The Strange “Rubio Resurgence” Article At National Review
Marco Rubio is back! Or at least on the comeback trail for the GOP’s 2016 presidential nomination. That’s the take away from Eliana Johnson’s piece this morning at National Review Online.
Having read the piece I’m far less convinced than Johnson is about Rubio’s supposed “resurgence”. Sure he’s doing some talk shows and cutting Spanish language ads for a candidate in Colorado but beyond that the evidence of a comeback is…minimal. And by “minimal” I mean “non-existent”.
Before we discuss the “comeback”, such as it is, we should look at where Rubio was and why he fell from that place.
Shortly after the 2012 elections Marco Rubio was seen as the GOP front runner in polling. Now polling that far out, or even this far out, from the actual campaign is useless but it’s what we have.
Here’s the RCP “poll of polls” from December 2012 (at bottom) to November of 2013.
Rubio went from leading to…not leading. What could have possible occurred around the summer of 2013 that might account for Rubio’s disappearance? Oh, right. He went from opposing amnesty to championing it. You can follow his collapse in polling here.
But according to Johnson, this doesn’t merit a mention in the comeback narrative. You see Rubio’s immigration problem isn’t as bad as Jeb Bush’s. In fact, it’s not even really a problem.
Among the party’s most conservative voters, the former Florida governor is handicapped by his support for immigration reform and for the Common Core educational standards, against which the tea-party base is waging a vocal revolt; Bush lacks the conservative bona fides that would help conservatives overlook his own support for a sweeping immigration overhaul.
Rubio took a significant risk on immigration as part of a bipartisan group of eight senators who joined to propose a sweeping overhaul of the nation’s laws; controversially in the eyes of some Republicans, their plan included a pathway to citizenship for those in the country illegally. Though the effort ultimately failed, Rubio’s position is likely to benefit him among the party’s establishment forces: The business community, including the Chamber of Commerce, has long supported immigration reform along the lines proposed by Rubio and the Gang of Eight.
So amnesty is a liability for Bush but Rubio is risk taker who has Chamber of Commerce and some imaginary credibility in the bank with conservatives. (Spoiler, it’s a liability for both with GOP voters)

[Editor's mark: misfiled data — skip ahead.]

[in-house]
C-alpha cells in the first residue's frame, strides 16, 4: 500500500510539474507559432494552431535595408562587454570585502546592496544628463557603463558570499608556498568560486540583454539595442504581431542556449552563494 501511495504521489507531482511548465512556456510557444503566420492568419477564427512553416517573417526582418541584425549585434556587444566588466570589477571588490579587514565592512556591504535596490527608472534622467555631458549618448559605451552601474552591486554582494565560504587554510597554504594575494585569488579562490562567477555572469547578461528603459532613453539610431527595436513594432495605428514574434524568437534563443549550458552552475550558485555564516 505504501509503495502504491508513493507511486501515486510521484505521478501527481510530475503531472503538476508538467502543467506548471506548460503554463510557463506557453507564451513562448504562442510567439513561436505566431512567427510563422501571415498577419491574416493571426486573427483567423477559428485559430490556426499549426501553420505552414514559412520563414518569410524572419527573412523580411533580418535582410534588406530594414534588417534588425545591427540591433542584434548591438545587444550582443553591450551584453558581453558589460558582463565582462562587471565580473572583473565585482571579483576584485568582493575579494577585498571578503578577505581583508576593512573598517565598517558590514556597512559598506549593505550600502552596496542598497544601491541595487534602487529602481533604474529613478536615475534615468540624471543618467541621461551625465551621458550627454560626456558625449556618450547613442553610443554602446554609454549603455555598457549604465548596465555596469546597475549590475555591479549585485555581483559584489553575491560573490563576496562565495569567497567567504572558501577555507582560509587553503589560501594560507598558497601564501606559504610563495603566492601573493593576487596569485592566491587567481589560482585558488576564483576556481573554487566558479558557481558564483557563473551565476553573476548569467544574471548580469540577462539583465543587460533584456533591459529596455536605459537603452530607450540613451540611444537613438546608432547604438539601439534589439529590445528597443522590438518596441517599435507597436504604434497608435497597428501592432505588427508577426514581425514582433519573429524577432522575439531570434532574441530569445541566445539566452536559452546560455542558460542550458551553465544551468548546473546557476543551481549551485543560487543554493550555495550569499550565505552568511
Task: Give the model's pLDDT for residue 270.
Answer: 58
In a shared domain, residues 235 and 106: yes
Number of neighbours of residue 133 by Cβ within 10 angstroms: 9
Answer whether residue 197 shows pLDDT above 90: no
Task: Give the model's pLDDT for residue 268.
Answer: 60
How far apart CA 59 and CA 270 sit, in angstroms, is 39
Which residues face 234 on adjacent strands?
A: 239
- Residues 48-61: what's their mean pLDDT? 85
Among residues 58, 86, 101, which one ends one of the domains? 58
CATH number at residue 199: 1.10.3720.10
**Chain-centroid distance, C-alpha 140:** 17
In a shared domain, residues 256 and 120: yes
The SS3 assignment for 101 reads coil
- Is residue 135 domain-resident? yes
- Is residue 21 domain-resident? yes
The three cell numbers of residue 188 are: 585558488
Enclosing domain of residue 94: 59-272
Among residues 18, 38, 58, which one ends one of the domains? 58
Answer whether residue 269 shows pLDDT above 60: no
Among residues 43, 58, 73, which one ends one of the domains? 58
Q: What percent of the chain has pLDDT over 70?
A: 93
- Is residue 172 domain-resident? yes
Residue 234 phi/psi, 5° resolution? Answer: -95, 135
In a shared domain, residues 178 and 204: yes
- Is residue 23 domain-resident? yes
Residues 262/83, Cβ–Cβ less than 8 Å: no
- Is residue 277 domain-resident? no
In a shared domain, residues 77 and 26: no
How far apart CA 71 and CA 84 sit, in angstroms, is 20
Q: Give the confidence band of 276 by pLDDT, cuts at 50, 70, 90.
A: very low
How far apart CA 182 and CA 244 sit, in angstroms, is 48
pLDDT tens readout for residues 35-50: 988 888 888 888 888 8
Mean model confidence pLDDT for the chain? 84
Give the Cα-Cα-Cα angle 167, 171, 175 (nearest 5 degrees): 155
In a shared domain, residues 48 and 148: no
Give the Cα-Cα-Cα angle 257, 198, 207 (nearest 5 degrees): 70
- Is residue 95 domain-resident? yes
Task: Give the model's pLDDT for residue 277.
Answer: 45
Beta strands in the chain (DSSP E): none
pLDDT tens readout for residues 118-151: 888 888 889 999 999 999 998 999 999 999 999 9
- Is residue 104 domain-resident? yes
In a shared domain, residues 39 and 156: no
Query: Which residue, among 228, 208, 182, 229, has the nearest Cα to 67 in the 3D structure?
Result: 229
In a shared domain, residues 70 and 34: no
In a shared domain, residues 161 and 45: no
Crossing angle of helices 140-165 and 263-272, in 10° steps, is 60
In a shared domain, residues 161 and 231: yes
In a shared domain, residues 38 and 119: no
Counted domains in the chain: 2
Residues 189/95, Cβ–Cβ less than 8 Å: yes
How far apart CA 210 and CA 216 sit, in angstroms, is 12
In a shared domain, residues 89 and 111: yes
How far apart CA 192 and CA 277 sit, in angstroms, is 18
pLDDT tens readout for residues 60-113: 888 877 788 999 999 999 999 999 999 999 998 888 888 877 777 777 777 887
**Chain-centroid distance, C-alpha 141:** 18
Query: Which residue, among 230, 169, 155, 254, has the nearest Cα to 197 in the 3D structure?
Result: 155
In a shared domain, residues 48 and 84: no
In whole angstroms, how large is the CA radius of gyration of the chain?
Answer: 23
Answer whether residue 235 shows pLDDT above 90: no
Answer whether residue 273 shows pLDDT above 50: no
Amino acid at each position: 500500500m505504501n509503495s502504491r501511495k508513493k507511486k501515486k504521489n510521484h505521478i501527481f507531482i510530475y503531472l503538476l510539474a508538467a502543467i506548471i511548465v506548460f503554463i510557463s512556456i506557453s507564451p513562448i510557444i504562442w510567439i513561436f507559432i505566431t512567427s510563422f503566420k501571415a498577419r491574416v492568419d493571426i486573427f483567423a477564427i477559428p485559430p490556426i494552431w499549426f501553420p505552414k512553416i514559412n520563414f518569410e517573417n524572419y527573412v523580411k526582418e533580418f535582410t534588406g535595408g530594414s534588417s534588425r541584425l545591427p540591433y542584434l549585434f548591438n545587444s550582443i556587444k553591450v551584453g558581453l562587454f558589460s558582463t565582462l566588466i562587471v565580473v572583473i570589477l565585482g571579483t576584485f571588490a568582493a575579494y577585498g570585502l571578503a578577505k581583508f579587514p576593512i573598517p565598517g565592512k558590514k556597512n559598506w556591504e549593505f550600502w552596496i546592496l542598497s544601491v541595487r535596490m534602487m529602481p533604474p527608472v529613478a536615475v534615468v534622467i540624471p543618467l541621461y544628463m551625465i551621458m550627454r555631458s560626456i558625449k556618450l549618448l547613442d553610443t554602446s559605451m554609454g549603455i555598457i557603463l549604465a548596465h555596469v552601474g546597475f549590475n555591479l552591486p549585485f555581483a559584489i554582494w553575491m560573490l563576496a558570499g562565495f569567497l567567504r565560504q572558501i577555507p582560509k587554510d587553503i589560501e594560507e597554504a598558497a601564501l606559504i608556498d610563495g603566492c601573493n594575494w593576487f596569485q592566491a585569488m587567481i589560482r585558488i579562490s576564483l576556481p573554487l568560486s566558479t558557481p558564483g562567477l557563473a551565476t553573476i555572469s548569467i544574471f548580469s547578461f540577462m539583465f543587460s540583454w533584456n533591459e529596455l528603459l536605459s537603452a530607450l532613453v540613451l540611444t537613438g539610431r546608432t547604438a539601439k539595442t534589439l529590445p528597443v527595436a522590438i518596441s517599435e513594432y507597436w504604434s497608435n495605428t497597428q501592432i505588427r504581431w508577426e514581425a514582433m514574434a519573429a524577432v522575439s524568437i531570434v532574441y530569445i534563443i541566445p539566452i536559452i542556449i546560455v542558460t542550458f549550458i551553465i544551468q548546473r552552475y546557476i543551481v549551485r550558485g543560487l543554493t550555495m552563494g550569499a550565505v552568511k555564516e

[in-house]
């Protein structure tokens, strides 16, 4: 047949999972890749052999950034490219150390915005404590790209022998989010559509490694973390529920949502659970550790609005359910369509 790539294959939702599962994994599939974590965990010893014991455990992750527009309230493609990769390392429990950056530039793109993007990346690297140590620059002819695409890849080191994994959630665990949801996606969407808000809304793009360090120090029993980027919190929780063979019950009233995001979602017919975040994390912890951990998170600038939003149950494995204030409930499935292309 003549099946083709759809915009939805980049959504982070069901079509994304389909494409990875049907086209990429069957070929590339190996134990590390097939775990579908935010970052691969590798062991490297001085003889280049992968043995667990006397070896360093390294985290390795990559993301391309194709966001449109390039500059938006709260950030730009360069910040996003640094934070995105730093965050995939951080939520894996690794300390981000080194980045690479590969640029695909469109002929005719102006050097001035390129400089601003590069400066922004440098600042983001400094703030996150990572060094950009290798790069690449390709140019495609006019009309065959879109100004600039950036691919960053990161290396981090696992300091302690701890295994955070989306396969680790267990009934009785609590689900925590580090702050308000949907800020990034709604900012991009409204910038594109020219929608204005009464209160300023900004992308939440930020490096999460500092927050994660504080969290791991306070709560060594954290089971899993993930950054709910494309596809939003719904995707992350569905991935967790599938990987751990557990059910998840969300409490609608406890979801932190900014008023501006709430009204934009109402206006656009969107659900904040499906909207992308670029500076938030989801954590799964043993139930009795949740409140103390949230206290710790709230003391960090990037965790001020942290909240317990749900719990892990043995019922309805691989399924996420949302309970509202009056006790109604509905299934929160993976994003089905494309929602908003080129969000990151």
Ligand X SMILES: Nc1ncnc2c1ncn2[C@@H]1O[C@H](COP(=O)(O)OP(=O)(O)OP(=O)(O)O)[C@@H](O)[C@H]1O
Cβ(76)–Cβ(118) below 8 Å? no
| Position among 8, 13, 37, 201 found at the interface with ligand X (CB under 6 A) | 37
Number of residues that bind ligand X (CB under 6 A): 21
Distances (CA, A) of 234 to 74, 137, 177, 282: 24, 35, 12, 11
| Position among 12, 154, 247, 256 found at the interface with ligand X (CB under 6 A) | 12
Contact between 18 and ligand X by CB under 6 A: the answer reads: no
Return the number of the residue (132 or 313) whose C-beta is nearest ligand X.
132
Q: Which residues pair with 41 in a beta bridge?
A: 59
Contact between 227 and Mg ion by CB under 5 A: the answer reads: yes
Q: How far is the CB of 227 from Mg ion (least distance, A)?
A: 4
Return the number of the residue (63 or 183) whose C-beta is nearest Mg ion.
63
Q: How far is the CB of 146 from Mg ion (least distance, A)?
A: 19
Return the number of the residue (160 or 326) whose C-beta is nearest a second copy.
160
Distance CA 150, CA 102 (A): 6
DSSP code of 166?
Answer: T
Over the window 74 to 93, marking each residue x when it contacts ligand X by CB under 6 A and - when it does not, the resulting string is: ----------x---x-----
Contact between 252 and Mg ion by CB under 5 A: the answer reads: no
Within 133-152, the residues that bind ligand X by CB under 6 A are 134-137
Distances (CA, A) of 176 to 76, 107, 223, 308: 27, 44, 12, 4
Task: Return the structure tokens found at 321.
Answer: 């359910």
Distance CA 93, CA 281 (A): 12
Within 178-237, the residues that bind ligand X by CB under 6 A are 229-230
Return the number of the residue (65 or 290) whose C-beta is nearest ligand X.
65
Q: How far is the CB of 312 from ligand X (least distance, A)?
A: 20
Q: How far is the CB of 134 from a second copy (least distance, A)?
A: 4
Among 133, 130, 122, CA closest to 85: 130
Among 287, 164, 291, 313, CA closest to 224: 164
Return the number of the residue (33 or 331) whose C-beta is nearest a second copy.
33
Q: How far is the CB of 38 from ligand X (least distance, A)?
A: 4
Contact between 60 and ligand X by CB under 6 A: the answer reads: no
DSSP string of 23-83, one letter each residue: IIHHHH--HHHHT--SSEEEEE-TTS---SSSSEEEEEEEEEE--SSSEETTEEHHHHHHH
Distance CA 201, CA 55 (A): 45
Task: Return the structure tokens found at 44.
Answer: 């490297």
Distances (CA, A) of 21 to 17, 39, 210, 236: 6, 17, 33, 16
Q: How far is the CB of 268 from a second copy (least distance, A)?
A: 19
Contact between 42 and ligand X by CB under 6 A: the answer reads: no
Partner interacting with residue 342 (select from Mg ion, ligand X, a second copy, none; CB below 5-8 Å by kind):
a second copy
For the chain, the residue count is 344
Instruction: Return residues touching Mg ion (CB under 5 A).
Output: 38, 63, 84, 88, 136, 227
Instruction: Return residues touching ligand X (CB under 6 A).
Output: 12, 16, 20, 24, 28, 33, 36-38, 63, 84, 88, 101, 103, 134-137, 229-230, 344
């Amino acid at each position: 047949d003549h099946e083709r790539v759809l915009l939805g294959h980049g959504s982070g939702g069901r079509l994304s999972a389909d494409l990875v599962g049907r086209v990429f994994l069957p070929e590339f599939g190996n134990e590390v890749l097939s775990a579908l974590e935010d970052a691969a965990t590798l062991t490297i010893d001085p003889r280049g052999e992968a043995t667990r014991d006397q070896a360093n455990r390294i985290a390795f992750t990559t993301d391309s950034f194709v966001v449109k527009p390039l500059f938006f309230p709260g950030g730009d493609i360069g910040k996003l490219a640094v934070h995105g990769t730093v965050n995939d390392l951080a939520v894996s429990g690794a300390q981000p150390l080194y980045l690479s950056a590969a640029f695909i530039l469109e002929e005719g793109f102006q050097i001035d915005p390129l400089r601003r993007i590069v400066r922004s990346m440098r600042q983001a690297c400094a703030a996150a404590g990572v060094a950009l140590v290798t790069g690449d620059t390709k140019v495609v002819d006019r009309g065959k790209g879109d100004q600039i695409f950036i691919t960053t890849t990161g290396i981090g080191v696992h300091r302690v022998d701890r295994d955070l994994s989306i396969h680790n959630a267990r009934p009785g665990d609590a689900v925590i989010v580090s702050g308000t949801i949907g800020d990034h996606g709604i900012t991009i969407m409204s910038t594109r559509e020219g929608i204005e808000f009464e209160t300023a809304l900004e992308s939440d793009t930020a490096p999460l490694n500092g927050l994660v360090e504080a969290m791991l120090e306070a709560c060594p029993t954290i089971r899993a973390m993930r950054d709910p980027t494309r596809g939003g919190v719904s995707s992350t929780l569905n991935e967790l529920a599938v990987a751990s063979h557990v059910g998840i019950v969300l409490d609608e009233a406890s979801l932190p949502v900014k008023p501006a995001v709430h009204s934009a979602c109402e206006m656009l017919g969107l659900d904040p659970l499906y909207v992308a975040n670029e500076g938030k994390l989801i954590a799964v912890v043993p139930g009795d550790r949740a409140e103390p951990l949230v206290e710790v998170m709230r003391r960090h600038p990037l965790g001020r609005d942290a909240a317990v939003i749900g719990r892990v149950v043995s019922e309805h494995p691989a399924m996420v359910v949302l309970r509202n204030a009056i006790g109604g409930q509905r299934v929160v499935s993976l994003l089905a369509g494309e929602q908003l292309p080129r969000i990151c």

This is notion that Rubio has credit built up with conservatives that will offset the damage of his amnesty reversal is merely asserted with no actual evidence. Yes, conservatives supported Rubio over Charlie Crist. That was of course at a time when Rubio was seen as an outsider who opposed Crist, most notably over…amnesty (Rubio opposed, Crist supported).
Johnson relies on some odd sources to backup her claim that Rubio is still a tea party favorite but none odder than this one.
“[Rubio] talks about economic growth, but he also talks about kitchen-table issues,” says the Chamber’s Reed, a longtime political consultant who ran Bob Dole’s presidential campaign in 1996. “He talks about foreign policy, and he travels the world. He’s building a strong résumé, and he has the ability to be forward-looking, youthful, and positive. Those are sharp contrasts with the rest of the field.”
Yes, nothing says “tea party hero” like kind words from a US Chamber of Commerce operative who ran Bob Dole’s campaign. If anyone has his finger on the pulse of the GOP grassroots it’s him.
As Johnson notes, Rubio has always been more of a hybrid candidate than a true outsider. He’s a career politician who rose to be Speaker of the House in Florida (not normally considered an outsider position). In fact, Rubio’s only real connection with the tea party was a matter of timing of chance. He’s run for the Senate came just as the tea party was developing and he had the good fortune to challenge Charlie Crist just as the GOP grassroots were ready to rebel against the party establishment after devastating defeats in 2006 and 2008. And Rubio’s challenge got more than a little help from the establishment in the form of one Jeb Bush.
So Rubio is not making any sort of comeback with actual GOP voters and he was never on the outs with the GOP establishment (he simply wasn’t their first choice). So in what way is this a “resurgence”?